Research Article

Utilizing a Combined Approach to Assess the Antimicrobial Efficacy of Peracetic Acid on Chicken Thighs and Beef Trim

Authors
  • Jessica A. Brown (University of Wisconsin–Madison)
  • Dana K. Dittoe (University of Wyoming)
  • Cindy B. Austin (University of Wisconsin–Madison)
  • Kara B. Mikkelson (Hydrite Chemical Co.)
  • Billy Hughes (Hydrite Chemical Co.)
  • Steven C. Ricke (University of Wisconsin–Madison)

Abstract

Antimicrobial interventions are widely utilized in the meat and poultry industry as a way to reduce foodborne pathogens; however, little is known about their overall impact on the microbiota. The objective of this study was to evaluate the impact of peracetic acid (PAA), when used as a short-duration antimicrobial spray, on the pathogen load and microbiota of inoculated chicken thighs and beef trim. Thighs were inoculated with a cocktail of Salmonella spp. and Campylobacter jejuni and trim with a cocktail of Salmonella spp. and Shiga toxin-producing Escherichia coli (E. coli). Inoculated thighs and trim were either not treated (NT) or independently sprayed in a modified spray cabinet with one of the following treatments: 0, 200, 400, and 800 ppm PAA. Samples were rinsed and subsequently used for pathogen detection and microbiota analyses. Pathogens were enumerated by spread plating on selective media, and genomic DNA was extracted for 16S rRNA gene sequencing. Pathogen data were analyzed using ANOVA and linear regression, with means separated by Tukey’s Protected honestly significant differences (HSD; P≤0.05). Microbiota data were analyzed using the QIIME2 pipeline, with data considered significant at P≤0.05 for main effects and Q≤0.05 for pairwise differences. Results from this study demonstrate that a spray, with and without PAA, effectively lowered the level of pathogens compared to NT (P<0.05). Increasing PAA concentrations resulted in lower levels of Salmonella and Campylobacter on thighs (P<0.05, R2=0.44 and 0.55) and Salmonella and E. coli on trim (P<0.05, R2=0.18 and 0.17). The microbiota remained mostly unchanged, with pairwise differences being observed between 0 and 400 ppm and 0 and 800 ppm (P<0.05 Q<0.05) on the β-diversity metric Bray Curtis. The application of PAA as a short-duration antimicrobial spray is an effective intervention strategy to reduce pathogen load; however, efficacy may vary between meat product and target pathogen.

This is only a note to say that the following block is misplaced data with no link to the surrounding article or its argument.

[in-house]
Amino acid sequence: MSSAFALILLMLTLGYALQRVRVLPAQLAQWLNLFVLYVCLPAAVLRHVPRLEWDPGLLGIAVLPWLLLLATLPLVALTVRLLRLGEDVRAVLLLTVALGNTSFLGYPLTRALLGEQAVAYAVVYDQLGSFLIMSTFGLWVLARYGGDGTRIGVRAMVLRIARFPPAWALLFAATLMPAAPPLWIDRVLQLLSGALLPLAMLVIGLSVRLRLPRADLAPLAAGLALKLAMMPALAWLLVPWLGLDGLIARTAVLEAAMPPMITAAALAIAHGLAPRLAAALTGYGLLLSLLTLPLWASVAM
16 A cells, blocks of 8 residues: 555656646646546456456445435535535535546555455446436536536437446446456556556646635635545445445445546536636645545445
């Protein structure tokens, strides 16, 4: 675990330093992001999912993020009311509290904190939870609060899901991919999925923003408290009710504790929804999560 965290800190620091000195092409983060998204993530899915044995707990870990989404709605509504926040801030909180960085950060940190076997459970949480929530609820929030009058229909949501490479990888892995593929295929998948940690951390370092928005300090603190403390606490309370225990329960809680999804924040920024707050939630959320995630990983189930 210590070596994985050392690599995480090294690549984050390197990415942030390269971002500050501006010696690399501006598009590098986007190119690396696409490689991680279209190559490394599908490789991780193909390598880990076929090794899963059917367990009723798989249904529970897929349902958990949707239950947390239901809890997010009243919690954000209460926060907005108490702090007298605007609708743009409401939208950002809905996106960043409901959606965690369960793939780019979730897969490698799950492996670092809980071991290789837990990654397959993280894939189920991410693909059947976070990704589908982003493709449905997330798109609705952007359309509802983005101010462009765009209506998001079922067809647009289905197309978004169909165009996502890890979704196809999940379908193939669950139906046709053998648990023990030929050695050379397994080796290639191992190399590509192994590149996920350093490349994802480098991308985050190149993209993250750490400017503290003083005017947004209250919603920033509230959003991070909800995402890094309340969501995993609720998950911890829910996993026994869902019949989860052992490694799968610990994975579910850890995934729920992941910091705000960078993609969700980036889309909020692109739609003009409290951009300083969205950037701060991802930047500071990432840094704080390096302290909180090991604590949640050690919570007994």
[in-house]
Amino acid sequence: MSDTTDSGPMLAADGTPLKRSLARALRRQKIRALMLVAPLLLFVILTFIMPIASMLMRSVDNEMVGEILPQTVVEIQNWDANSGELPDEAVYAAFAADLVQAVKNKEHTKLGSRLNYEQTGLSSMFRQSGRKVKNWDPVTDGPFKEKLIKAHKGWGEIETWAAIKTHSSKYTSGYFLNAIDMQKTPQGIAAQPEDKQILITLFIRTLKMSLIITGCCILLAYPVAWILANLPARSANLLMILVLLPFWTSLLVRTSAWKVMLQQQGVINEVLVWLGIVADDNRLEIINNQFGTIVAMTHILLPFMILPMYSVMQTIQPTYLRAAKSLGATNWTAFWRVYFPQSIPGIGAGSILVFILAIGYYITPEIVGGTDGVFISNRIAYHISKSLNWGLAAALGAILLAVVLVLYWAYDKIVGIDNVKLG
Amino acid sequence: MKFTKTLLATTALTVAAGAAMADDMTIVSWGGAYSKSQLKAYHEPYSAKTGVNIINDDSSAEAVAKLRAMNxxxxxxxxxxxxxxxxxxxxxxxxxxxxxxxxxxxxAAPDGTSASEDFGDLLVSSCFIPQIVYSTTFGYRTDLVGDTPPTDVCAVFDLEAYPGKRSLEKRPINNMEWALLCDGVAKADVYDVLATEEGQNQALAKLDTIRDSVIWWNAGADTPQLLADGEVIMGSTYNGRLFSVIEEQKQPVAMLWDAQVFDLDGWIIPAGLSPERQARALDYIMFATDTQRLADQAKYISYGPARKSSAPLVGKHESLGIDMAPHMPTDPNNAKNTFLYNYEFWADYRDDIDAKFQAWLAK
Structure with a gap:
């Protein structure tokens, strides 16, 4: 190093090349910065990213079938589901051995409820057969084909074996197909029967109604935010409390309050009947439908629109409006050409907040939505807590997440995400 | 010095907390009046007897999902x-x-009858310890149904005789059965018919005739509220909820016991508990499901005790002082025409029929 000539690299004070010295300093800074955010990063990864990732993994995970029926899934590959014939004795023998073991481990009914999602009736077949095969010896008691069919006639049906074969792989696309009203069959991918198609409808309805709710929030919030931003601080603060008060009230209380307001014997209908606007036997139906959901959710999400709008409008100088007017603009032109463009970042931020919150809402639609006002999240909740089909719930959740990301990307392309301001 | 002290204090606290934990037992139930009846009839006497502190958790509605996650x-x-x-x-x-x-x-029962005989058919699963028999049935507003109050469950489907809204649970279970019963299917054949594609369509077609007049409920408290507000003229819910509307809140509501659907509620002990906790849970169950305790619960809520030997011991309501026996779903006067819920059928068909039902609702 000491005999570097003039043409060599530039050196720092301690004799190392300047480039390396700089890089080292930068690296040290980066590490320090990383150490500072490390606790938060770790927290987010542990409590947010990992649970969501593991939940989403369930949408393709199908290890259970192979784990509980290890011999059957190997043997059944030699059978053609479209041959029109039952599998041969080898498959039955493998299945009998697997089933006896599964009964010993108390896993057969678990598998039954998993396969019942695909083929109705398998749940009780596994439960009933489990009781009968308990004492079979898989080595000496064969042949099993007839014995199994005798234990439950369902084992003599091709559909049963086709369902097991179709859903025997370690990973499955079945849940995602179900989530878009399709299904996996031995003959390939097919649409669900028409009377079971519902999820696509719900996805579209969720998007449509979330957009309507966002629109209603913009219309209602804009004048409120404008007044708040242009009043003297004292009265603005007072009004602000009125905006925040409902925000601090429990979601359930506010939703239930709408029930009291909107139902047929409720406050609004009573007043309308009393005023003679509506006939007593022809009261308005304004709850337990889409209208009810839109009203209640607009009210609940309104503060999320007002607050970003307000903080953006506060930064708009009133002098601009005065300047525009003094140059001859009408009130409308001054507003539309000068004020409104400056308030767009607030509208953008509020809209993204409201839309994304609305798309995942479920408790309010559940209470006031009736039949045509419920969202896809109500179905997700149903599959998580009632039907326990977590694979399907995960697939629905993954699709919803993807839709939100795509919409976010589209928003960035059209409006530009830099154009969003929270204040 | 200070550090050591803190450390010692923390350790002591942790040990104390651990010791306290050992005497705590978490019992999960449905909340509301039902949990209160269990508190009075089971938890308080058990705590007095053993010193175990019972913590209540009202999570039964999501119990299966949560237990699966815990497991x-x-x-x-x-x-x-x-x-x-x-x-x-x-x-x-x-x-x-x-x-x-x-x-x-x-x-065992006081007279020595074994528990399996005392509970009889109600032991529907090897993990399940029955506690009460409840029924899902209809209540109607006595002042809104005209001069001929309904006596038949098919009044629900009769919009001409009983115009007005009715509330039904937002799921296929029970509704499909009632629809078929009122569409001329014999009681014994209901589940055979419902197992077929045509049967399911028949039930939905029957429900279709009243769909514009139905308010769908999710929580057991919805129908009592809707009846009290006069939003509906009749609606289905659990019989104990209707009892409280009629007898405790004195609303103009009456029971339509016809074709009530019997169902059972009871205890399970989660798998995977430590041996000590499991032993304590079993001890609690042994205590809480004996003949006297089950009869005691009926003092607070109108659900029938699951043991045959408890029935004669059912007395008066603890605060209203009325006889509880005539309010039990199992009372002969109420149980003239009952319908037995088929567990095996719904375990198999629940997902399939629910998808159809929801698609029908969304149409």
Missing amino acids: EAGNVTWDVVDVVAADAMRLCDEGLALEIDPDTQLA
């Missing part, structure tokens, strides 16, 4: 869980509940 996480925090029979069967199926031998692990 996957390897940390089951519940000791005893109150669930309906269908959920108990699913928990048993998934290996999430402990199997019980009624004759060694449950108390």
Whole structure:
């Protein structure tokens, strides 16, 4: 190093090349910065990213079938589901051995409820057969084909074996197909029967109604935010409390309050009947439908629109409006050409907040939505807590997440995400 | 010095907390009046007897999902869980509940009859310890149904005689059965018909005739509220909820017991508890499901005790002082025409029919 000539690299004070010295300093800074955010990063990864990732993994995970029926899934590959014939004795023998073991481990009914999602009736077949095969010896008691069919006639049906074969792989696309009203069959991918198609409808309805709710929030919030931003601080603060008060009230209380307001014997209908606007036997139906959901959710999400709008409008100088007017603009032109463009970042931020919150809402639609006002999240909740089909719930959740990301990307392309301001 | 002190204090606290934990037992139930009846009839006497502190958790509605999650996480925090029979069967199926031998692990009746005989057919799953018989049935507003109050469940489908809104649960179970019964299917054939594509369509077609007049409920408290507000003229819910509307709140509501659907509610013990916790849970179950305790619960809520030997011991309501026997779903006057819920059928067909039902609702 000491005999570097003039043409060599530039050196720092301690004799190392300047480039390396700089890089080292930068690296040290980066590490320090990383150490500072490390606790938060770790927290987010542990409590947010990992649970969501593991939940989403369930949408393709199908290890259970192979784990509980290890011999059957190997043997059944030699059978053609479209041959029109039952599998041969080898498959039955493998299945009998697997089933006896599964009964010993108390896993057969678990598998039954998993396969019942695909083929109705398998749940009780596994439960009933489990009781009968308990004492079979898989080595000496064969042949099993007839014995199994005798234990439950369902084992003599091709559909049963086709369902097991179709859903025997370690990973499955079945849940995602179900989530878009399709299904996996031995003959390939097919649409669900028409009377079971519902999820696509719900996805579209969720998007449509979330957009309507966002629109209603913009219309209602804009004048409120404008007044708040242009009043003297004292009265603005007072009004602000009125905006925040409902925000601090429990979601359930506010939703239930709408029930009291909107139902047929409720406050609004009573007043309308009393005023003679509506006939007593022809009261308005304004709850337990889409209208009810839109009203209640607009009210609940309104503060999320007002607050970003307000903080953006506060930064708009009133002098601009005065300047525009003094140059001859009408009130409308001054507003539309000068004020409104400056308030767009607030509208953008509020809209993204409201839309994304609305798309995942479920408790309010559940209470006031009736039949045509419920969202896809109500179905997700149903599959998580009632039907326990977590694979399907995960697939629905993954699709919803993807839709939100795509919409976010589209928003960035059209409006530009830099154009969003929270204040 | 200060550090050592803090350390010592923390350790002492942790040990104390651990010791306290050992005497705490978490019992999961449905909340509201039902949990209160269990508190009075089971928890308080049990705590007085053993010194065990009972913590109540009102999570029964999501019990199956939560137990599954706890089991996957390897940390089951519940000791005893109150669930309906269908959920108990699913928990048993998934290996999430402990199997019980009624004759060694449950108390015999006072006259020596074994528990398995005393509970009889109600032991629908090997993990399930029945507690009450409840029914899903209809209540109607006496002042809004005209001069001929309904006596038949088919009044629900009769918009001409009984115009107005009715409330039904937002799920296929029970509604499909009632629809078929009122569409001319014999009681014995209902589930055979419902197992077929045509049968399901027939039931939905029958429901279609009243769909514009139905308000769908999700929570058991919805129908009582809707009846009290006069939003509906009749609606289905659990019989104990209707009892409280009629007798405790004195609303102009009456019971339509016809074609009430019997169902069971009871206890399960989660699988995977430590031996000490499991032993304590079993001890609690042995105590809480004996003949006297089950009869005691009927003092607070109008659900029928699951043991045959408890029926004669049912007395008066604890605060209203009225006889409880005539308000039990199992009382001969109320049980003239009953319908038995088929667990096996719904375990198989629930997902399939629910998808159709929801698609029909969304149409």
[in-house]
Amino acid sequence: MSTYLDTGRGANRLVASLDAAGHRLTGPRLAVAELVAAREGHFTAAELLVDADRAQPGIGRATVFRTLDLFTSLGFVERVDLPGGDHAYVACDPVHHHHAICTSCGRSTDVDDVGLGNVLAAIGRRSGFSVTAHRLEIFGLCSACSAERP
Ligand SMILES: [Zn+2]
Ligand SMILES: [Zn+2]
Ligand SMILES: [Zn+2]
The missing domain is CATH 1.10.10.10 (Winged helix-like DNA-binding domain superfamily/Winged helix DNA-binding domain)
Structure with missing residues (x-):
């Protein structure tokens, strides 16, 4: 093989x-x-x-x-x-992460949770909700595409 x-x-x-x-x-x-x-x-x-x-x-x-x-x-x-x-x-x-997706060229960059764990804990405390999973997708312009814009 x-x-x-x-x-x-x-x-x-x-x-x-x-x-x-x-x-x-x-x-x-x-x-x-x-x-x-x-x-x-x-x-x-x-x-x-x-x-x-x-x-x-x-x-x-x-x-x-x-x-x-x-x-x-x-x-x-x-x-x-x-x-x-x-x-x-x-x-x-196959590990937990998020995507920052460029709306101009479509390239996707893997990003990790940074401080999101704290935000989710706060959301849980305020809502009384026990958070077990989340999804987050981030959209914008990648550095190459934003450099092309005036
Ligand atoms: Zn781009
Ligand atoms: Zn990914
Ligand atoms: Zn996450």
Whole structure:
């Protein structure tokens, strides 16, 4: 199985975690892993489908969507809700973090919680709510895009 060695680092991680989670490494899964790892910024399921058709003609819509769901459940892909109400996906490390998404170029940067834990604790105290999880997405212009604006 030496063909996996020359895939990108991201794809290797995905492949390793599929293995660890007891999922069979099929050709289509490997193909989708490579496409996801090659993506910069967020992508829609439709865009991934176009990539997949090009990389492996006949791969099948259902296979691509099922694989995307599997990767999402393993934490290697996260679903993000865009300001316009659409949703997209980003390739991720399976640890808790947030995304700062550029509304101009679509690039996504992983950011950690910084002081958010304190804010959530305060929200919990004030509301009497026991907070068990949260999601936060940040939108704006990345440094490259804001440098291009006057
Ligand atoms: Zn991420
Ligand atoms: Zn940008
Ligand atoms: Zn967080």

Keywords: poultry, beef trim, peracetic acid, microbiota, foodborne pathogens

How to Cite:

Brown, J. A., Dittoe, D. K., Austin, C. B., Mikkelson, K. B., Hughes, B. & Ricke, S. C., (2024) “Utilizing a Combined Approach to Assess the Antimicrobial Efficacy of Peracetic Acid on Chicken Thighs and Beef Trim”, Meat and Muscle Biology 8(1): 16818, 1-17. doi: https://doi.org/10.22175/mmb.16818

Rights: © 2024 Brown, et al. This is an open access article distributed under the CC BY license.

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Published on
09 Feb 2024
Peer Reviewed

Introduction

Despite improvements, foodborne illness continues to pose a major threat to global public health (Gizaw, 2019). In the United States, it is estimated that pathogenic bacteria, such as nontyphoidal Salmonella spp. and Campylobacter, cause 3.6 million cases of foodborne illness each year (Scallan et al., 2011b). Animal products remain one of the top commodity groups associated with bacterial foodborne illness (64%), followed by plant products (32.1%) and seafood (3.9%) (Painter et al., 2013). National prevalence data from the 2021 calendar year estimated that Salmonella and Campylobacter prevalence on chicken parts was 6.69% and 16.20%, respectively, and Salmonella and Shiga toxin-producing Escherichia coli (STEC) prevalence in beef trim was 0.75% and 1.64%, respectively (USDA FSIS, 2022a). In the same year, there were a total of 47 recalls, 6 of which were due to Salmonella and STEC contamination in beef, pork, and chicken products (USDA FSIS, 2022b). With the estimated cost of a recall being $10 million, not including the lasting damage done to the brand and the impact on future sales, there is a clear incentive for food manufacturers to utilize antimicrobials or other pathogen inactivation strategies to mitigate these risks.

Antimicrobial interventions can be applied at various points during harvest, fabrication, and processing, most commonly in the form of sprays, dips, or immersion chilling systems (Winkler and Harris, 2009; Zhang et al., 2019). Peracetic acid (PAA) first gained popularity in the poultry industry as a replacement for chlorine. Historically chlorine was considered the industry standard for preventing cross-contamination; however, the efficacy of chlorine is heavily impacted by organic load and increases in pH (Byrd and McKee, 2005). Peracetic acid has become a more widely accepted antimicrobial with a broad range of approved usages (USDA FSIS, 2023). Most commercial PAA contains 3 chemicals, PAA, acetic acid, and hydrogen peroxide at varying concentrations, held in an aqueous solution with the addition of a stabilizer (Organic Materials Review Institute, 2000). The primary properties responsible for its antimicrobial efficacy are its acidic nature and ability to oxidize. However, studies have shown that the efficacy can vary between providers and formulation (Micciche et al., 2019; Cano et al., 2021).